B.   Infants slain by Herod near Jesus’ birth

 

The wise men from the east came to Herod inquiring of the King of the Jews.  They leave and find Jesus Christ as a “young child” (Matt. 2:8,11,13,14) but do not inform Herod as they were instructed to do.  Feeling threatened that there might be someone out there to usurp Herod from his rule in Judea, Herod orders all male children under the age of 2 years old to be slain (Matt. 2:16).  This was in fulfillment of the prophecy in Jer. 31:15 of these killings, and that verse in quoted again in the New Testament account in Matt. 2:17-18.  However, after this prophecy of the children’s death is given in Jer. 31:15, God gives comfort in the successive verses to the grieving mothers in Jer. 31:16-17. The children who died will “come again from the land of the enemy” (Jer. 31:16), and since the last enemy that shall be destroyed is death (1 Cor. 15:26), this leads us to believe that those who died in this particular instance, will not suffer the second death and therefore are among God’s elect that will be with God in heaven. The mothers are offered “hope in thine end… that thy children shall come again to their own border” (Jer. 31:17).  This prophecy offers hope to the grieving mothers that even though their children had been slain innocently at a very young age that the children will be saved to heaven.

 

This prophecy in Jer. 31:15-17 does seem to affirm that all those infants – who were male children from 2 years of age and under – who died in Herod’s murder are among God’s elect who were saved to heaven, having already been born again.  However, I do not think this verse alone gives a universal principle that all children 2 years of age and under are among God’s elect.  This prophecy seems to be dealing with this specific circumstance to give hope to grieving mothers who saw their sons killed by Herod.

 

C.   Job’s Belief of the Condition of Miscarriages and Newborns

 

In essentially all of Job chapter 3, Job laments that he had ever been born because of the difficulty he was encountering in his life at that time.  In verses 11-12, he wishes that he had died as soon as he was born or died when he was still a nursing infant.  In verse 13, he believes, in the depressed state that he was in, that it would have been better for him to have died as a newborn instead of him suffering the difficulty he was currently in because if he had died as a newborn, then “had I been at rest”.  (Note that there is no rest for the wicked in death, only torment forever in hell and then ultimately in the lake of fire. There is no cessation of torment in hell (see the rich man in Luke 16:23-31) and the non-elect endure everlasting punishment (Matt. 25:46).  The scriptures affirm there is no peace for the wicked (Isaiah 48:22, 57:20-21). Therefore, Job did not believe that a newborn, still a nursing infant, or an untimely birth who never saw the light, would be in hell.  Rather, he believed they would be in heaven where they would be at rest and at peace.)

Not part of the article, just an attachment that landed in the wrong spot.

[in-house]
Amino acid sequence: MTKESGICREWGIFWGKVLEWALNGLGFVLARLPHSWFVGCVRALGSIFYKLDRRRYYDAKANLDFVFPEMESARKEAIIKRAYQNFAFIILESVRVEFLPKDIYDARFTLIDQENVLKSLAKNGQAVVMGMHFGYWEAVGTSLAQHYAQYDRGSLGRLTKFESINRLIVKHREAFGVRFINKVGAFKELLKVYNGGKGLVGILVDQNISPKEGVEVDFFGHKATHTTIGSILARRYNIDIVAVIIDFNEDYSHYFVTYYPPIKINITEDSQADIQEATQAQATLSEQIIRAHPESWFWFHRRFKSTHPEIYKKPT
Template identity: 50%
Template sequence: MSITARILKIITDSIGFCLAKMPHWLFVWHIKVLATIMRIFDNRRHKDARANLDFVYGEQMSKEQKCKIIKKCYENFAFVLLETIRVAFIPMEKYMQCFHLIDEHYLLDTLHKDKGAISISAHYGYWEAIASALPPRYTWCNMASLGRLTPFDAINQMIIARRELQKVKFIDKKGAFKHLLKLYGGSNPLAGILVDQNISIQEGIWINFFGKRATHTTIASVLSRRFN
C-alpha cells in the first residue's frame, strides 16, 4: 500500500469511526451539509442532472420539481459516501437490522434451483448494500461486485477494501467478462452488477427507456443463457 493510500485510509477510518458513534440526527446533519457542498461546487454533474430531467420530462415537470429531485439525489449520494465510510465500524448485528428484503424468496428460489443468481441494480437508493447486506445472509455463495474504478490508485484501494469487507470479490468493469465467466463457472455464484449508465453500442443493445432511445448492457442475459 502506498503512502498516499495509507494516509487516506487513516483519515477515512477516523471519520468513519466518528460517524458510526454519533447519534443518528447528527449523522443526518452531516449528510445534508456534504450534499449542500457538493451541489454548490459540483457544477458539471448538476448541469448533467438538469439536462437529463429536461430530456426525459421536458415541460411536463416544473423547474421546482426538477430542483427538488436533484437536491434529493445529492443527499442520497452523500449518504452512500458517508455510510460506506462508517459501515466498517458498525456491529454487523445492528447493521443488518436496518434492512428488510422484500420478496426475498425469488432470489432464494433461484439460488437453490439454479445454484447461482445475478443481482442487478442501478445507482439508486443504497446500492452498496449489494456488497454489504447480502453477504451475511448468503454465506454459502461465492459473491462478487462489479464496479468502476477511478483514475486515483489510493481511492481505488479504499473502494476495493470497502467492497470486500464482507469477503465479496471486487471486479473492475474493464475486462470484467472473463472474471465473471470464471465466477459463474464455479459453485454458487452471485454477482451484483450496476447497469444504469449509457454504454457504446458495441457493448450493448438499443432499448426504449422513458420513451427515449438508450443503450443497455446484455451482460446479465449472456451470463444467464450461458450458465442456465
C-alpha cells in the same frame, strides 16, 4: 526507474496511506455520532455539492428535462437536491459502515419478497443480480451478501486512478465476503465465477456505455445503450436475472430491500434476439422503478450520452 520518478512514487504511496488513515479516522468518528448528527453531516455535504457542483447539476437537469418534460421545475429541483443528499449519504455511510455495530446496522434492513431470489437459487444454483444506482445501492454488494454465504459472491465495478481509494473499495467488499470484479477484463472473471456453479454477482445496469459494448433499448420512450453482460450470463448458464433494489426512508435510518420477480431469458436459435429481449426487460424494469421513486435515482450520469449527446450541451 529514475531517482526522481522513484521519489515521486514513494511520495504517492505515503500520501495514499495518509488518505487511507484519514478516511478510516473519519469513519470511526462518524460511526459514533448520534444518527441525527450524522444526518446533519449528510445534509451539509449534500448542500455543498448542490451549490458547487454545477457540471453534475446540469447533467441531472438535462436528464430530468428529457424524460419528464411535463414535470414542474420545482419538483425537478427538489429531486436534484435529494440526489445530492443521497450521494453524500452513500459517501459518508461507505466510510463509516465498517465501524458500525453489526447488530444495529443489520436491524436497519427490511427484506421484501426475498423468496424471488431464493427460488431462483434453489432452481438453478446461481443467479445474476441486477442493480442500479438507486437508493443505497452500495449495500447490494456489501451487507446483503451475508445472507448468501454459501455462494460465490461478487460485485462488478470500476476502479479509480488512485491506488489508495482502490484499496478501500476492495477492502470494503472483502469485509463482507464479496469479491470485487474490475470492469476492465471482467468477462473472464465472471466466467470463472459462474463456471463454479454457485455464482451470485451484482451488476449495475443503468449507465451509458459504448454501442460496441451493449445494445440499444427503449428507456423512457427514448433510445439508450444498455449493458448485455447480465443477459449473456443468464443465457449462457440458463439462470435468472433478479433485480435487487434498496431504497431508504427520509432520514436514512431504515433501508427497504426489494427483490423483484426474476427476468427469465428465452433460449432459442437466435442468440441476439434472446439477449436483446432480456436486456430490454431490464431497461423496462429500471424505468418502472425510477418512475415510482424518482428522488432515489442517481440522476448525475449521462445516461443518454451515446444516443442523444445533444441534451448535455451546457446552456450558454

In verse 16, he declares that it would have even been better if he had been a miscarriage, “as infants which never saw light”. The reason he believes that it would have been better for him to have died as a newborn, or a miscarriage before he actually was born, was because the place where those who pass away in that manner go after their death is a place of peace and rest – “There the wicked cease from troubling; and there the weary be at rest” (Job 3:17).  This certainly states Job’s belief – which was inscribed into the scriptures under the inspiration of the Holy Spirit – that all that die in the womb and those who die as a newborn go to heaven to be at rest.  Job further describes the abode of the deceased newborn or miscarried child – “There the prisoners rest together; they hear not the voice of the oppressor. The small and great are there; and the servant is free from his master. Wherefore is light given to him that is in misery, and life unto the bitter in soul” (Job 3:18-20).  Those verses give a pretty good description of what we believe heaven will be like, so Job further emphasizes his belief that the final destination of the newborns and miscarried or aborted children is a place of rest in heaven with God. Also, Eccl. 6:3 infers, just as Job 3:16-17 does, that the final condition of the child who dies in an untimely birth is better than the condition of a man who lives a full life of a hundred years but has no burial.  These verses give a very strong indication that all who die before their natural birth, and those who die in a newborn state (particularly those who are still in a state of nursing) are among God’s elect and go to heaven when they die.

 

 

The New Birth

 

When Adam sinned in the garden, his sin was imparted onto all of his posterity; this is the doctrine of original sin (Rom. 5:12-18).  Therefore, all children – both boys and girls, without exception – receive a nature of sin from their parents. Ps. 51:5 – “Behold I was shapen in iniquity; and in sin did my mother conceive me.” Because of Adam’s sin, all babies enter this world as “sinners by nature” and when they have enough time alive here on this earth they all manifest that they are “sinners by practice”.  Children who die in infancy are not “innocent” before God.  They do not get a free pass to heaven.  The only way for a sinner to be saved – whether they are a 1 week old child who dies in the womb or a 105 year old man who dies in a hospital – the only way of salvation is by Jesus Christ alone (John 14:6, Acts 4:12).